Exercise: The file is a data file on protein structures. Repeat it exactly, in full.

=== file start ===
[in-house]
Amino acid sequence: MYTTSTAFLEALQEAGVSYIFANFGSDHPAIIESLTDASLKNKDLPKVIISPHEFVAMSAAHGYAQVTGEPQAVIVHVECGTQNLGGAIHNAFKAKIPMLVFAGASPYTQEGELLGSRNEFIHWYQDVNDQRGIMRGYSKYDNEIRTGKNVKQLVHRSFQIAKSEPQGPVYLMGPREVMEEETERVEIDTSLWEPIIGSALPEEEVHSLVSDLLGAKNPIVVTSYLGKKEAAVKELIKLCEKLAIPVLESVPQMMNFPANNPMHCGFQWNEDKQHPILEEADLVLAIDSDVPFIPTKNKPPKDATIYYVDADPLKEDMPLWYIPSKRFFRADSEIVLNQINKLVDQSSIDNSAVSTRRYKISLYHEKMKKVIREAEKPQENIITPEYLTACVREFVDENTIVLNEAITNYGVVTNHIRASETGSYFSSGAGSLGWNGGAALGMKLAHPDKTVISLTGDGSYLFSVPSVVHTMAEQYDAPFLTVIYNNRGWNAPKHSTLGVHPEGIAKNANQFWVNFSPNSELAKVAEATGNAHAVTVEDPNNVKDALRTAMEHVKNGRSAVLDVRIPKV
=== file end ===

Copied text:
[in-house]
Amino acid sequence: MYTTSTAFLEALQEAGVSYIFANFGSDHPAIIESLTDASLKNKDLPKVIISPHEFVAMSAAHGYAQVTGEPQAVIVHVECGTQNLGGAIHNAFKAKIPMLVFAGASPYTQEGELLGSRNEFIHWYQDVNDQRGIMRGYSKYDNEIRTGKNVKQLVHRSFQIAKSEPQGPVYLMGPREVMEEETERVEIDTSLWEPIIGSALPEEEVHSLVSDLLGAKNPIVVTSYLGKKEAAVKELIKLCEKLAIPVLESVPQMMNFPANNPMHCGFQWNEDKQHPILEEADLVLAIDSDVPFIPTKNKPPKDATIYYVDADPLKEDMPLWYIPSKRFFRADSEIVLNQINKLVDQSSIDNSAVSTRRYKISLYHEKMKKVIREAEKPQENIITPEYLTACVREFVDENTIVLNEAITNYGVVTNHIRASETGSYFSSGAGSLGWNGGAALGMKLAHPDKTVISLTGDGSYLFSVPSVVHTMAEQYDAPFLTVIYNNRGWNAPKHSTLGVHPEGIAKNANQFWVNFSPNSELAKVAEATGNAHAVTVEDPNNVKDALRTAMEHVKNGRSAVLDVRIPKV